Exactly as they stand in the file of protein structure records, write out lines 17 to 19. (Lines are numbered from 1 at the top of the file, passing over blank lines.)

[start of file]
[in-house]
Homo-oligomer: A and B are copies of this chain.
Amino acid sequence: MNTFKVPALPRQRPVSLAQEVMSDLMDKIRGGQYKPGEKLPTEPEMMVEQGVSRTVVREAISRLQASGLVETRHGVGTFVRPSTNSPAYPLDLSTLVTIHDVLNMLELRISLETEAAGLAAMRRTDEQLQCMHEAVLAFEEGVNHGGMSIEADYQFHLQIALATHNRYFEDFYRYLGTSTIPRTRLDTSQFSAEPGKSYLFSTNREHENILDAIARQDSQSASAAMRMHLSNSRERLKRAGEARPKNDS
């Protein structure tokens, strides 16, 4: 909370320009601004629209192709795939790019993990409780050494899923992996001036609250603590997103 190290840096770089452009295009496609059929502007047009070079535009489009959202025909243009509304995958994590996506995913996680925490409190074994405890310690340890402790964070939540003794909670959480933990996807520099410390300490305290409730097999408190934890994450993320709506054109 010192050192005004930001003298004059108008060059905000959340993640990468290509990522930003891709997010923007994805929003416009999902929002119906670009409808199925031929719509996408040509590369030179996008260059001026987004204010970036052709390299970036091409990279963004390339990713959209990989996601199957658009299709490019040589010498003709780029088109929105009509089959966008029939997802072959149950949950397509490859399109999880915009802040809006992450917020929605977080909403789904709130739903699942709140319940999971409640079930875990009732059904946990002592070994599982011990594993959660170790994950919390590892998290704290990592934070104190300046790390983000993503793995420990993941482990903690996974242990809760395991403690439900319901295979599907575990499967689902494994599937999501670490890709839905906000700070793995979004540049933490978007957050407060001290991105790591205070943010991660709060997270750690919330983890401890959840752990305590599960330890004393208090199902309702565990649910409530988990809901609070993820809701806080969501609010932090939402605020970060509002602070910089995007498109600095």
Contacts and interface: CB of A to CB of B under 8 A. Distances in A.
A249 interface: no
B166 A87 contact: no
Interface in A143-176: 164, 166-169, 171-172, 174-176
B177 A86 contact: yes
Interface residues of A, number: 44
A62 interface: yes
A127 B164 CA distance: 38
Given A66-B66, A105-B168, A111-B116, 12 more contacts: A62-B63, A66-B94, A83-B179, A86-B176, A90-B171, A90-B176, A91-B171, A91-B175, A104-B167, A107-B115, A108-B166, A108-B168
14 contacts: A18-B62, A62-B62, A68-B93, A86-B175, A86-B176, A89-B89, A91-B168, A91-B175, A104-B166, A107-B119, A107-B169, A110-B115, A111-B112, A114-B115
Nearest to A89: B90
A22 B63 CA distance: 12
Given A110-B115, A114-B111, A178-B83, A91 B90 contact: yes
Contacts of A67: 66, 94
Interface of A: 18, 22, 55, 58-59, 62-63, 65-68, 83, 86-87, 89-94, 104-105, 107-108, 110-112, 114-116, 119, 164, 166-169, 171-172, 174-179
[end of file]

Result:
Given A110-B115, A114-B111, A178-B83, A91 B90 contact: yes
Contacts of A67: 66, 94
Interface of A: 18, 22, 55, 58-59, 62-63, 65-68, 83, 86-87, 89-94, 104-105, 107-108, 110-112, 114-116, 119, 164, 166-169, 171-172, 174-179